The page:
The Art of Exclusion

By eliminating the many distractions near this tree (other nearby trees, a messy foreground, a bright overpowering sky) I am able to use the tree’s graceful shape as the backbone of the image and simplify my visual message.

Telephoto landscapes can isolate a small portion of the world in front of you. By paring away the unimportant and distracting visual elements to reveal only the most essential parts of the scene, you are practicing the fine art of exclusion. Visually distracting foregrounds and boring skies can be edited out of the image frame by simply zooming into what’s important. As a result, telephoto landscapes tend to “speak” with more clarity then wide-angle compositions that contain more visual information. 

A strong composition is vitally important when creating telephoto landscapes. Where wide-angle scenes tend to communicate a sense of place, telephoto interpretations do so to a much lesser extent. Refer to the example above. The image says nearly nothing about where this might have been captured. It literally could be almost anyplace where there are trees and a river. Telephoto landscapes say more about the photographer’s personal vision than sense of place. 

Lenses For Telephoto Landscapes

I suppose we could start a lively debate as to which focal lengths constitute a telephoto lens. A 70-200mm zoom is too short for most wildlife photography applications (and would probably be referred to as a “short” telephoto at best by wildlife shooters) but this focal range is nearly perfect for landscapes. For a photo trip that i know will be exclusively landscapes, I will pack a 70-200mm f/4 model rather than the heavier and more expensive f/2.8 version. Super large apertures and fast f/stops are rarely needed when doing landscape photography. Here are some superb options (all links to Amazon).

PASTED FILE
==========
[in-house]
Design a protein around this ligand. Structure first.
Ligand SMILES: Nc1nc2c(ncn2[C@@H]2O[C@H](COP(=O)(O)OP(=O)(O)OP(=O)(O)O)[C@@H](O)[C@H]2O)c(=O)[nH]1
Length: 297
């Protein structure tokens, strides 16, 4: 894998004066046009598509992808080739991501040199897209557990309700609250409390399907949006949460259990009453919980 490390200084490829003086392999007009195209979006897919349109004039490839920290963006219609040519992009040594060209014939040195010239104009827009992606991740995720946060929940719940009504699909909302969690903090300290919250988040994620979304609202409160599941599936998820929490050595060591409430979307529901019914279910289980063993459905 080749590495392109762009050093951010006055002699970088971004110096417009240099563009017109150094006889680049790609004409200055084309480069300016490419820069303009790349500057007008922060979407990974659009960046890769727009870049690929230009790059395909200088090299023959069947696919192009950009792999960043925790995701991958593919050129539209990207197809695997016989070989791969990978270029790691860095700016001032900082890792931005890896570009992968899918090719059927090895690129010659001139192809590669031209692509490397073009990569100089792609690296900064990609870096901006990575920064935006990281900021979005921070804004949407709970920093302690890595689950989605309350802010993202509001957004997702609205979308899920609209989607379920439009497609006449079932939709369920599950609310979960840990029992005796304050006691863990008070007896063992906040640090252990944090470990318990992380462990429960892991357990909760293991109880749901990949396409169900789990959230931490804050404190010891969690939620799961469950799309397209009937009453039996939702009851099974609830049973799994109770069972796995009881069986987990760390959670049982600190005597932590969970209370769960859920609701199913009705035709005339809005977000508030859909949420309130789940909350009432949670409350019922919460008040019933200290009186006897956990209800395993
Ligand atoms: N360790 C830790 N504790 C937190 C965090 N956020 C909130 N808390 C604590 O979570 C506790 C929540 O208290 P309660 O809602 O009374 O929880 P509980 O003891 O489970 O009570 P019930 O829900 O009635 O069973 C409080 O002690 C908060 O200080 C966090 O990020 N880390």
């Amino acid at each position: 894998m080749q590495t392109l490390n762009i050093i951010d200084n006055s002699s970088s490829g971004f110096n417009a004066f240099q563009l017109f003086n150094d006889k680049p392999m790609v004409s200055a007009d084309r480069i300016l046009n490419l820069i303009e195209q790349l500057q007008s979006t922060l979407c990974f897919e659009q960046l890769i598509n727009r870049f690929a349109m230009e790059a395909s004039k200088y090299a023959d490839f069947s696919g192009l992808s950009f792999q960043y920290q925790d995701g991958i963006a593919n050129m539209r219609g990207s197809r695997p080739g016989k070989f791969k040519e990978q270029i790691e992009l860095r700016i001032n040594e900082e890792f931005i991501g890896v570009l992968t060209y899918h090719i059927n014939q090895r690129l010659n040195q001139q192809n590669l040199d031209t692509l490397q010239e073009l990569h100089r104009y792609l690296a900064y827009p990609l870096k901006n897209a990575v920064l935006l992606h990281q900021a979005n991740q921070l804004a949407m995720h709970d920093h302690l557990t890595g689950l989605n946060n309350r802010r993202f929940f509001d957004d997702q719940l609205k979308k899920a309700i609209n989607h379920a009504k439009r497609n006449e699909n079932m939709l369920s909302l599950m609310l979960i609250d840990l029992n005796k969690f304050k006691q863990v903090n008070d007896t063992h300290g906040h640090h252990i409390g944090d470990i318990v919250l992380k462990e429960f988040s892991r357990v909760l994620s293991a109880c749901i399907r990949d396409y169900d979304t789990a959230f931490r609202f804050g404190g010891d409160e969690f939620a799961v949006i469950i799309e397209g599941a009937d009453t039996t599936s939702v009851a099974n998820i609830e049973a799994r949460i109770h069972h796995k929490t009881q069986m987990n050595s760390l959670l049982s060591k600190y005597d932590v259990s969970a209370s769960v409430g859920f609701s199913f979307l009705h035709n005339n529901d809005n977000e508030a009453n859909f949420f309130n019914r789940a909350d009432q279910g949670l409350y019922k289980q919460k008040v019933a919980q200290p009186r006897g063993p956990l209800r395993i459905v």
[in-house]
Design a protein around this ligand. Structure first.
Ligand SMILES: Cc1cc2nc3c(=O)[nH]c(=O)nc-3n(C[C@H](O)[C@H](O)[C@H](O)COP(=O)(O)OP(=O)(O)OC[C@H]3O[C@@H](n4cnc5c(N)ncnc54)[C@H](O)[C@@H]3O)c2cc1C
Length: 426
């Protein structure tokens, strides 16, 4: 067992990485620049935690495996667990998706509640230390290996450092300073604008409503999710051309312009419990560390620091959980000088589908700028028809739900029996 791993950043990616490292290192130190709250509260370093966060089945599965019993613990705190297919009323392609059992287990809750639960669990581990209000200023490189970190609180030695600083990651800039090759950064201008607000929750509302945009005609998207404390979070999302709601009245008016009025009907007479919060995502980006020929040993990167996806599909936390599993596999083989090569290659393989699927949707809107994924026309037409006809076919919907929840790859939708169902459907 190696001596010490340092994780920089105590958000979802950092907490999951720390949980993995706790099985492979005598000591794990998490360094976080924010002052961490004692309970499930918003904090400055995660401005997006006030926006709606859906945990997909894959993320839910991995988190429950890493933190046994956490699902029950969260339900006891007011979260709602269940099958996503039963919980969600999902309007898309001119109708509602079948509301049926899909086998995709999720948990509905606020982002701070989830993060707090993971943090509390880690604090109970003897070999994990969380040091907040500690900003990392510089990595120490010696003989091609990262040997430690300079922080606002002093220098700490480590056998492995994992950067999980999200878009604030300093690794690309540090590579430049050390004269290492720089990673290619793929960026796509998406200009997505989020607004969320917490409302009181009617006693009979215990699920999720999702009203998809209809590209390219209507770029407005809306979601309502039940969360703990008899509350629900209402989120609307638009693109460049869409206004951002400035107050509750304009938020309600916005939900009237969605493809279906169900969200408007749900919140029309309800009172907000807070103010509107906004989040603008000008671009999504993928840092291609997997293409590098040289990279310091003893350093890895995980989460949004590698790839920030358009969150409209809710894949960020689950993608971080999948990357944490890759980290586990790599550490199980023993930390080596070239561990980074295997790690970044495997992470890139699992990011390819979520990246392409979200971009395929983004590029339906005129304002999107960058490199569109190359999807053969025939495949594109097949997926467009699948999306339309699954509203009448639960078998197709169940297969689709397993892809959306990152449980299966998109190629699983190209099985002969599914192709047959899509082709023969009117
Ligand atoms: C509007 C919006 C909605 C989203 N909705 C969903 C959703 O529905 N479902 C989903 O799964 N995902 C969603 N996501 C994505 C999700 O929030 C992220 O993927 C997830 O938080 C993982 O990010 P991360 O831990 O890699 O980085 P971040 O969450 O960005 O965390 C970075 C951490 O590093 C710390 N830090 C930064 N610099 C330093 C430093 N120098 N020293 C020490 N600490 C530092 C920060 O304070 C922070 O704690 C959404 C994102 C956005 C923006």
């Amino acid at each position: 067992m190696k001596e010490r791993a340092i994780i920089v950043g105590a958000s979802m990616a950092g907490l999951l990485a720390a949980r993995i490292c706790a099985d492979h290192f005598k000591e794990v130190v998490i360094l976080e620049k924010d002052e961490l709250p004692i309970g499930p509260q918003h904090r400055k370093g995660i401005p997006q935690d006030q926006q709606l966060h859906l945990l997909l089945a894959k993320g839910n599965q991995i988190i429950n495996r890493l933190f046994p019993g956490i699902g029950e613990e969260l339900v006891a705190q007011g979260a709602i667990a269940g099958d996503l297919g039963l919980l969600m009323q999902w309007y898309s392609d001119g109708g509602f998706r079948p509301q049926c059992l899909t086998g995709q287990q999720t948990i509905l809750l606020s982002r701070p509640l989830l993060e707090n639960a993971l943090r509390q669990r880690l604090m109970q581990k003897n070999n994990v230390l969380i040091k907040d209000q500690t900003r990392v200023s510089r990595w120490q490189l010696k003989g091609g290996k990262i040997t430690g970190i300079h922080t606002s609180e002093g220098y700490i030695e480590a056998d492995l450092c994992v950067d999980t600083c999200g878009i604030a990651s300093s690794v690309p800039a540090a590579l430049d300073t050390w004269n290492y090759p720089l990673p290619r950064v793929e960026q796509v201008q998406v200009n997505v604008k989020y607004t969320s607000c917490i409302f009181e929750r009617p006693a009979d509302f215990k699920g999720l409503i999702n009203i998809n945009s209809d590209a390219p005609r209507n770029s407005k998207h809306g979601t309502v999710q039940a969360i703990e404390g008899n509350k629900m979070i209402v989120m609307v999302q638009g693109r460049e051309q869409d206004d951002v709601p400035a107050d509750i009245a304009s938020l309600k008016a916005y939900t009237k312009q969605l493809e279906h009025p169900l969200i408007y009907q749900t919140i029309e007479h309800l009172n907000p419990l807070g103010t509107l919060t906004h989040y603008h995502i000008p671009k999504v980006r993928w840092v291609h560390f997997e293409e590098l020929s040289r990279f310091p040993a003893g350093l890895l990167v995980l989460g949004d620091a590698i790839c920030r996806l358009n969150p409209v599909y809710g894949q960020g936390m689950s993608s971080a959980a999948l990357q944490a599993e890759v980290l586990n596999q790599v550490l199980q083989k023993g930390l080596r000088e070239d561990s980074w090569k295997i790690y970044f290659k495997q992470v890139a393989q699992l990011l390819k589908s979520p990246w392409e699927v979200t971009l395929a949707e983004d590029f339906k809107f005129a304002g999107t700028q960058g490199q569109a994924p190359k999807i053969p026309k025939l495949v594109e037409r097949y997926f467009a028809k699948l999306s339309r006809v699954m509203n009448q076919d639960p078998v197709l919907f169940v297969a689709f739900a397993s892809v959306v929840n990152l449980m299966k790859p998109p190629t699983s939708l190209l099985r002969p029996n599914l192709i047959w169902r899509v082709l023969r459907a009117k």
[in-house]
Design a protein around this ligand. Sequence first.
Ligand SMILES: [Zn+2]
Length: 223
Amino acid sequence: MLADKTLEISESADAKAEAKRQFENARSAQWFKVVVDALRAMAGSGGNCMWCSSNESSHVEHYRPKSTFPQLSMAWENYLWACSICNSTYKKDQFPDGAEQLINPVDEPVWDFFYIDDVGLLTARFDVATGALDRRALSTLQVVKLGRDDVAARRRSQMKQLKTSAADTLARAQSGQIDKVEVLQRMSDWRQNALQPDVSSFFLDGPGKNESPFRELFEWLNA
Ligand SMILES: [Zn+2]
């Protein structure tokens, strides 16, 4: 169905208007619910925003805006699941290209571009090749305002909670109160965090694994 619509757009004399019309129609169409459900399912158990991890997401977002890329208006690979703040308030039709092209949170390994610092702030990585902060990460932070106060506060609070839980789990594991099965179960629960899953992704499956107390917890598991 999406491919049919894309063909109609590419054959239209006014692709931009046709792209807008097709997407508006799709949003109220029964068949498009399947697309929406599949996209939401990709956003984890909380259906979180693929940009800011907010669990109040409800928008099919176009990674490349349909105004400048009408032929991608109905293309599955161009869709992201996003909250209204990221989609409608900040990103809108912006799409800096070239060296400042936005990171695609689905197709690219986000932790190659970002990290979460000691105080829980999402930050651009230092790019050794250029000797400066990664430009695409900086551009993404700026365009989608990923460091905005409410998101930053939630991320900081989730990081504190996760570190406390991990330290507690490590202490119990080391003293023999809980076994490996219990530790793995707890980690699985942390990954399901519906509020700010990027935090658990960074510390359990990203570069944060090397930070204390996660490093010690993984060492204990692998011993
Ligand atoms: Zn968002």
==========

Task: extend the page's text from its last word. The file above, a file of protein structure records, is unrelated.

Canon EF 70-200mm f/4L is II USM Lens
Nikon 70-200mm f/4G ED VR Nikkor Zoom Lens
Sony FE 70-200mm F4 G OSS Interchangeable Lens

Richard Bernabe is a professional photographer specializing in travel, wildlife, and nature as well as an author of books, magazine articles, and travel essays published world-wide. Richard is a global influencer is the fields of photography, travel, and wildlife conservation with more than one million followers on social media platforms. He leads several photography tours and workshops all over the world and is invited to speak to photography and conservation groups all across the globe. For more great information on new images, gear reviews, book projects, and photography workshops and tours, Sign Up For Our Newsletter.

Essential Photography: Teleconverters for Wildlife

Essential Photography: Teleconverters for Wildlife

Gear Reviews

Essential Photography: Teleconverters for Wildlife

What are Teleconverters?

A teleconverter is a magnifying lens that fits between the camera body and the effective photography lens. Teleconverters multiply the focal length of the lens giving it essential reach for small wildlife and subjects that are at a considerable distance. For example, a 1.4X teleconverter (also referred to as a tele-extender) multiplies the focal length by 1.4 so a 300mm lens now becomes a 420mm lens. A 2.0X teleconverter would make that same 300mm lens a 600mm. The teleconverter adds a little extra zoom or reach to your lens, without having to crop pixels to get the same effect. Is this awesome or what?